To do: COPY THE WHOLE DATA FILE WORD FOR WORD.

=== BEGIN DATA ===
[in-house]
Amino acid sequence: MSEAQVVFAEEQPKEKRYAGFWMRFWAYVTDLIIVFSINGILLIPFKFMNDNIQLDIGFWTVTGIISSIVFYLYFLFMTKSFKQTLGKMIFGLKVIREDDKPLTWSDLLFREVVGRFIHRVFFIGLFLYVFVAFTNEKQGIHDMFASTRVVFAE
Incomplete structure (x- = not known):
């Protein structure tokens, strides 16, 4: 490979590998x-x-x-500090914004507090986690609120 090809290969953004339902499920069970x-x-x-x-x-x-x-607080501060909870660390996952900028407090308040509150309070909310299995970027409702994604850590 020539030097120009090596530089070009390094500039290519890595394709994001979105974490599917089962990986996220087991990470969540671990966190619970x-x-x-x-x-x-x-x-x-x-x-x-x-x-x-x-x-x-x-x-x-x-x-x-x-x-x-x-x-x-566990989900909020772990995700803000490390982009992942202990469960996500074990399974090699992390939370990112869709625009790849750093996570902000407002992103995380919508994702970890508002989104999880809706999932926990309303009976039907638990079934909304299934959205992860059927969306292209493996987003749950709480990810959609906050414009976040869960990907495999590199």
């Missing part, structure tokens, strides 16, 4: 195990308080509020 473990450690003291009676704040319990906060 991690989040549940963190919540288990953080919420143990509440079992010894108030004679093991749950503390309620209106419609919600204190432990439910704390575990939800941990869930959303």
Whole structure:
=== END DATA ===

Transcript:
[in-house]
Amino acid sequence: MSEAQVVFAEEQPKEKRYAGFWMRFWAYVTDLIIVFSINGILLIPFKFMNDNIQLDIGFWTVTGIISSIVFYLYFLFMTKSFKQTLGKMIFGLKVIREDDKPLTWSDLLFREVVGRFIHRVFFIGLFLYVFVAFTNEKQGIHDMFASTRVVFAE
Incomplete structure (x- = not known):
């Protein structure tokens, strides 16, 4: 490979590998x-x-x-500090914004507090986690609120 090809290969953004339902499920069970x-x-x-x-x-x-x-607080501060909870660390996952900028407090308040509150309070909310299995970027409702994604850590 020539030097120009090596530089070009390094500039290519890595394709994001979105974490599917089962990986996220087991990470969540671990966190619970x-x-x-x-x-x-x-x-x-x-x-x-x-x-x-x-x-x-x-x-x-x-x-x-x-x-x-x-x-x-566990989900909020772990995700803000490390982009992942202990469960996500074990399974090699992390939370990112869709625009790849750093996570902000407002992103995380919508994702970890508002989104999880809706999932926990309303009976039907638990079934909304299934959205992860059927969306292209493996987003749950709480990810959609906050414009976040869960990907495999590199």
């Missing part, structure tokens, strides 16, 4: 195990308080509020 473990450690003291009676704040319990906060 991690989040549940963190919540288990953080919420143990509440079992010894108030004679093991749950503390309620209106419609919600204190432990439910704390575990939800941990869930959303």
Whole structure: